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UK Liberal Democrats promise a statutory public interest defence to libel

BMJ 2010; 340 doi: http://dx.doi.org/10.1136/bmj.c2150 (Published 20 April 2010) Cite this as: BMJ 2010;340:c2150
  1. Clare Dyer
  1. 1BMJ

    Whichever party wins the general election in the United Kingdom on 6 May—and even if, as seems increasingly likely, the result is a hung parliament—libel reform is probably on the cards. All three parties have put the issue in their manifestos, though some more strongly and in more detail than others.

    Dissatisfaction with English libel laws and their chilling effect on freedom of speech has been rumbling away at a low level for years. The credit for moving it up the political agenda must go in part to the high profile campaign waged by the Coalition for Libel Reform, made up of English PEN, Index on Censorship, and Sense about Science.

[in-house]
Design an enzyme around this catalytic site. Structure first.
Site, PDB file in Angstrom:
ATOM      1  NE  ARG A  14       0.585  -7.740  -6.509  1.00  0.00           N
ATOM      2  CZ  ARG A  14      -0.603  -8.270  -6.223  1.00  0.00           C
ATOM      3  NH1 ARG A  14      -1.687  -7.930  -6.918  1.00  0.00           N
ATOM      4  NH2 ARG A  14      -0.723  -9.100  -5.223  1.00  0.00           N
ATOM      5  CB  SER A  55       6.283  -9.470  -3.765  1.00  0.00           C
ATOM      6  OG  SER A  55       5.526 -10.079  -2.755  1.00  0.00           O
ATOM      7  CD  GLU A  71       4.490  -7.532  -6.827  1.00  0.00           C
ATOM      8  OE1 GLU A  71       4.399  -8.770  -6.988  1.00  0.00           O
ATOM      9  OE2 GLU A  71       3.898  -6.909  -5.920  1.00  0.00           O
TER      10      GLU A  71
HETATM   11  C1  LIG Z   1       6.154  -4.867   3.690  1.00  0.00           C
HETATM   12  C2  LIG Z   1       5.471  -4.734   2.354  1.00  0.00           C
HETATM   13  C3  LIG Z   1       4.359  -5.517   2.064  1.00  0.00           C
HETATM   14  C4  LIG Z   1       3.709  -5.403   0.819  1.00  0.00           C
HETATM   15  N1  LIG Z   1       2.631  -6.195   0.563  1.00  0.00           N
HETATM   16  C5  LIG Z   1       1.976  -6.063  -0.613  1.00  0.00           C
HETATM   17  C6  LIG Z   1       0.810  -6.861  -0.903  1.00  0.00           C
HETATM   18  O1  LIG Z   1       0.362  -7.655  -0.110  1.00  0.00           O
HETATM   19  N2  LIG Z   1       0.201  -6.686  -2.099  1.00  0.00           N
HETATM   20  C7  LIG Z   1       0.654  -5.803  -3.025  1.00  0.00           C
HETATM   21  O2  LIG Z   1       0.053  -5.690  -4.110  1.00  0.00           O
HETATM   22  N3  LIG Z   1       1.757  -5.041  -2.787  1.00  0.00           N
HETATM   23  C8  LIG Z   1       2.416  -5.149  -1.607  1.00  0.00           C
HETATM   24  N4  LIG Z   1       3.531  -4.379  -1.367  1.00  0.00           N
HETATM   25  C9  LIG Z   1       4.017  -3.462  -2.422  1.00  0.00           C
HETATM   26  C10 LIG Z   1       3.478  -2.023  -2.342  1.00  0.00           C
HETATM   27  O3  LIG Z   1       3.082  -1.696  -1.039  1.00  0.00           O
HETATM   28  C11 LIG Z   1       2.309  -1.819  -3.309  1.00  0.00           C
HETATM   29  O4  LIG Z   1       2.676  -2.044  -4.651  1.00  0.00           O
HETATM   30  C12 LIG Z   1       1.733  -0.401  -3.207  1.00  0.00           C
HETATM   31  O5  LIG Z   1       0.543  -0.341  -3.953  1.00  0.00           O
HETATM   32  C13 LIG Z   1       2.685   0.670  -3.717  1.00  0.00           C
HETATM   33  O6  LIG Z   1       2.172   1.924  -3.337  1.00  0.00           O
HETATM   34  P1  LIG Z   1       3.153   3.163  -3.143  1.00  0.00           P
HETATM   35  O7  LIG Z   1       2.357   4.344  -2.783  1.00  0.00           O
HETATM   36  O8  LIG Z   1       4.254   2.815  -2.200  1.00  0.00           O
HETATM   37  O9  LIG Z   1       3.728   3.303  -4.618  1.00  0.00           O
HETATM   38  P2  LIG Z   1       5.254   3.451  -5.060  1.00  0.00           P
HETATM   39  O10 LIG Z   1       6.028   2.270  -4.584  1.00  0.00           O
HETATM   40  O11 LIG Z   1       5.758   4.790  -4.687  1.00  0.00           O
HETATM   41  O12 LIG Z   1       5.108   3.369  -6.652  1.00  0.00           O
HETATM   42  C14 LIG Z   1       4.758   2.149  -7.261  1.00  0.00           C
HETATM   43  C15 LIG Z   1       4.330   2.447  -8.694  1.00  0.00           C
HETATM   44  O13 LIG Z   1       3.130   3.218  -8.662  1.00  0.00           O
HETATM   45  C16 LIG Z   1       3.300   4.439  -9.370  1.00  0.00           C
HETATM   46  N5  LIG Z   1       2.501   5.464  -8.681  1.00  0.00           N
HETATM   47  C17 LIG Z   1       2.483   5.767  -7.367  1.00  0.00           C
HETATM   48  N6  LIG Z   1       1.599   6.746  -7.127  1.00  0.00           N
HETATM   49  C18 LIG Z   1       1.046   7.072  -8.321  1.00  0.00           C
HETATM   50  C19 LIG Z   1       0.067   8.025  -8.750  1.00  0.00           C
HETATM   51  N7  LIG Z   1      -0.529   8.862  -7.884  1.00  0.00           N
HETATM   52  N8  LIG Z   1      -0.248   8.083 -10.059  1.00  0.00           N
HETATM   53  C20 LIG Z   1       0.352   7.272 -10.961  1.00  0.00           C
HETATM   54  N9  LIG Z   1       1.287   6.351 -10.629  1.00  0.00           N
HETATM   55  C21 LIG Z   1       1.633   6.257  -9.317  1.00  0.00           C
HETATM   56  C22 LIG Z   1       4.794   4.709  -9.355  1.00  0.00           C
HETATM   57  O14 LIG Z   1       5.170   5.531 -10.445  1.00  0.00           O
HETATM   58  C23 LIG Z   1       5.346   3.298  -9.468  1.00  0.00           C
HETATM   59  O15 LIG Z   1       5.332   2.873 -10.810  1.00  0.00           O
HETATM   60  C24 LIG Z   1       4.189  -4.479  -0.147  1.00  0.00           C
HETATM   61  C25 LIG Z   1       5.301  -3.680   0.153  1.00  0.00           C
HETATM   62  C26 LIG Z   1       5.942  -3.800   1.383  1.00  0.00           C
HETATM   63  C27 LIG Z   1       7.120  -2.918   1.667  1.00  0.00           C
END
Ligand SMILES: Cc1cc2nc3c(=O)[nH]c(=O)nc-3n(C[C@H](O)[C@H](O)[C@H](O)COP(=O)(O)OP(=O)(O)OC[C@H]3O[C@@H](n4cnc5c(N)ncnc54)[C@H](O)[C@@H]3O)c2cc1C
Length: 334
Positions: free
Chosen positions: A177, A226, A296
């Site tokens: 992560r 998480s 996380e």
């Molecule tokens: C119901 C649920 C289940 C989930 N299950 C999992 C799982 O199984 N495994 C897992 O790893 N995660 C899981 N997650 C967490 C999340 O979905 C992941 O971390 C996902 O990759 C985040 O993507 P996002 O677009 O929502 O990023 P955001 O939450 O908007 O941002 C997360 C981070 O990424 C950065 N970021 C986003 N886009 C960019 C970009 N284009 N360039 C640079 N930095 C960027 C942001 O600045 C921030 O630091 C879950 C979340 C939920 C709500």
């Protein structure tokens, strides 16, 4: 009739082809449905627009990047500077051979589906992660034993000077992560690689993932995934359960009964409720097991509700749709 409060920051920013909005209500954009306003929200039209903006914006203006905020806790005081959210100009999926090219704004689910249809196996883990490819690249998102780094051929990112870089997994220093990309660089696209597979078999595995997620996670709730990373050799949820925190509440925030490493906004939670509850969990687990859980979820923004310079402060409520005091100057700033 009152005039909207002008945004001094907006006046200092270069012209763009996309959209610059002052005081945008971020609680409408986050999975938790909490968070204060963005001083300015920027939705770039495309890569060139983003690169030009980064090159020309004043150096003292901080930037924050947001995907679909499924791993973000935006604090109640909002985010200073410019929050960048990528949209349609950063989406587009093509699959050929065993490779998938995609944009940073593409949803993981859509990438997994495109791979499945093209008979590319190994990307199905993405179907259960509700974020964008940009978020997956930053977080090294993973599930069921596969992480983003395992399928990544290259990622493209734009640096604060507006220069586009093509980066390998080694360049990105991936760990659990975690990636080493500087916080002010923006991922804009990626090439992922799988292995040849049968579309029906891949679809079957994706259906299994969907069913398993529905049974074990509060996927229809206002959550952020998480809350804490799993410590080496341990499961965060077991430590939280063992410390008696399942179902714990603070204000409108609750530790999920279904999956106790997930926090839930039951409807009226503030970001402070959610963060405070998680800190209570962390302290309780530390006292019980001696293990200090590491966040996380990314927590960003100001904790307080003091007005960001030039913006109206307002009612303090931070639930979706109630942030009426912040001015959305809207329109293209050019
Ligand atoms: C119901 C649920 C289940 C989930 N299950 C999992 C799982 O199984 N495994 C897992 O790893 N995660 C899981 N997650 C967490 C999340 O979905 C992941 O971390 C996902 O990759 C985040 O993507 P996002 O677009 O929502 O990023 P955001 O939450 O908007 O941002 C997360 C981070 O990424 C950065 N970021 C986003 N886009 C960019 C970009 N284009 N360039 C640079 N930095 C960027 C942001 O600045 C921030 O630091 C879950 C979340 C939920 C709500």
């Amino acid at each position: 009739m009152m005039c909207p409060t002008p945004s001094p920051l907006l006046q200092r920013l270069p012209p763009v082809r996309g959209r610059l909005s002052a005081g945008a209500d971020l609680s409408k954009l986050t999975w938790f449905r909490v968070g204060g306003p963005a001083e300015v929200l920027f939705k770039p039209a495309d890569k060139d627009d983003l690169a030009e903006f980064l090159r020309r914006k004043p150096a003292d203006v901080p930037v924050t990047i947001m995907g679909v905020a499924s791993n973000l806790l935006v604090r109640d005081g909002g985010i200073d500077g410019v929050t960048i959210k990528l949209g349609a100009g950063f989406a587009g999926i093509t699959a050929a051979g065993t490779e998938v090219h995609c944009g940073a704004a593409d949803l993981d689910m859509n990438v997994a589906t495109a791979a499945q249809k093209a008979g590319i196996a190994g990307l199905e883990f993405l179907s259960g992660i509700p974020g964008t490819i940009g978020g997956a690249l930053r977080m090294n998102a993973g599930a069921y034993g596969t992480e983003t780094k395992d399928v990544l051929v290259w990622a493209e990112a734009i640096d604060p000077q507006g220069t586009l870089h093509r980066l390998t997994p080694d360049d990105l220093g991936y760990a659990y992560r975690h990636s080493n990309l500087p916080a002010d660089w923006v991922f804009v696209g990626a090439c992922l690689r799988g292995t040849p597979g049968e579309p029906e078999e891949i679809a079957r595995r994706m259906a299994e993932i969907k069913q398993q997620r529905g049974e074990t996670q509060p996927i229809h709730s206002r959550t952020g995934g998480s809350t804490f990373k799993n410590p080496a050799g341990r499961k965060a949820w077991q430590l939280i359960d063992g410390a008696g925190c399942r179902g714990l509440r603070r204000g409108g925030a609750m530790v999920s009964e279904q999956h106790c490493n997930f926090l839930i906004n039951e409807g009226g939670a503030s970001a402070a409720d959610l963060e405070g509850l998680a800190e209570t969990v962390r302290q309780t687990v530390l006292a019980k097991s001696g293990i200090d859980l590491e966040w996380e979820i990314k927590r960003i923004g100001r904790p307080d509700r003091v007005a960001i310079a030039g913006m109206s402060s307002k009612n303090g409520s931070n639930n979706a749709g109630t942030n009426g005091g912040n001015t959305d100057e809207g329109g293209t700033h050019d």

A spate of libel actions against scientists has focused attention on the potential for self censorship to close down debate on health and public safety issues, even in peer reviewed journals.

    The campaign highlighted the libel action against the science writer Simon Singh by the British Chiropractic Association over a comment piece in the Guardian newspaper …

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